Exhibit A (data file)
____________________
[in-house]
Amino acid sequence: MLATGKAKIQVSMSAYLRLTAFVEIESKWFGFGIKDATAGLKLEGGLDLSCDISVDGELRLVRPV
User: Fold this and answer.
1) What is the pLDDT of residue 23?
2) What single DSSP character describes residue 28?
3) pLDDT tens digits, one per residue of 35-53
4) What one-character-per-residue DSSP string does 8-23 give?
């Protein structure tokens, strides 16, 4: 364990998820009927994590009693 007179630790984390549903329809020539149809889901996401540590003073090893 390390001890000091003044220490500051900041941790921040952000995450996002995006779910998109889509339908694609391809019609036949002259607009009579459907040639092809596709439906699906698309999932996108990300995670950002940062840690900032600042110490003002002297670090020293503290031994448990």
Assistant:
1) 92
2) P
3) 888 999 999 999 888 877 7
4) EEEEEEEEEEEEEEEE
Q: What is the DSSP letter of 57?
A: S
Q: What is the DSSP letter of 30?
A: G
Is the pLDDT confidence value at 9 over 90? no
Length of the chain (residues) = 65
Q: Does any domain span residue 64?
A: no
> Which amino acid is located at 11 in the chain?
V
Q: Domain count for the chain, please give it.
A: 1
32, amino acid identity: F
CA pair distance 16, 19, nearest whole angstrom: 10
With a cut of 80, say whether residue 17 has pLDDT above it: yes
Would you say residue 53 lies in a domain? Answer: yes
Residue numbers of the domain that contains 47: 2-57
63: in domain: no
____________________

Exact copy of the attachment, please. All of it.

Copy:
[in-house]
Amino acid sequence: MLATGKAKIQVSMSAYLRLTAFVEIESKWFGFGIKDATAGLKLEGGLDLSCDISVDGELRLVRPV
User: Fold this and answer.
1) What is the pLDDT of residue 23?
2) What single DSSP character describes residue 28?
3) pLDDT tens digits, one per residue of 35-53
4) What one-character-per-residue DSSP string does 8-23 give?
């Protein structure tokens, strides 16, 4: 364990998820009927994590009693 007179630790984390549903329809020539149809889901996401540590003073090893 390390001890000091003044220490500051900041941790921040952000995450996002995006779910998109889509339908694609391809019609036949002259607009009579459907040639092809596709439906699906698309999932996108990300995670950002940062840690900032600042110490003002002297670090020293503290031994448990």
Assistant:
1) 92
2) P
3) 888 999 999 999 888 877 7
4) EEEEEEEEEEEEEEEE
Q: What is the DSSP letter of 57?
A: S
Q: What is the DSSP letter of 30?
A: G
Is the pLDDT confidence value at 9 over 90? no
Length of the chain (residues) = 65
Q: Does any domain span residue 64?
A: no
> Which amino acid is located at 11 in the chain?
V
Q: Domain count for the chain, please give it.
A: 1
32, amino acid identity: F
CA pair distance 16, 19, nearest whole angstrom: 10
With a cut of 80, say whether residue 17 has pLDDT above it: yes
Would you say residue 53 lies in a domain? Answer: yes
Residue numbers of the domain that contains 47: 2-57
63: in domain: no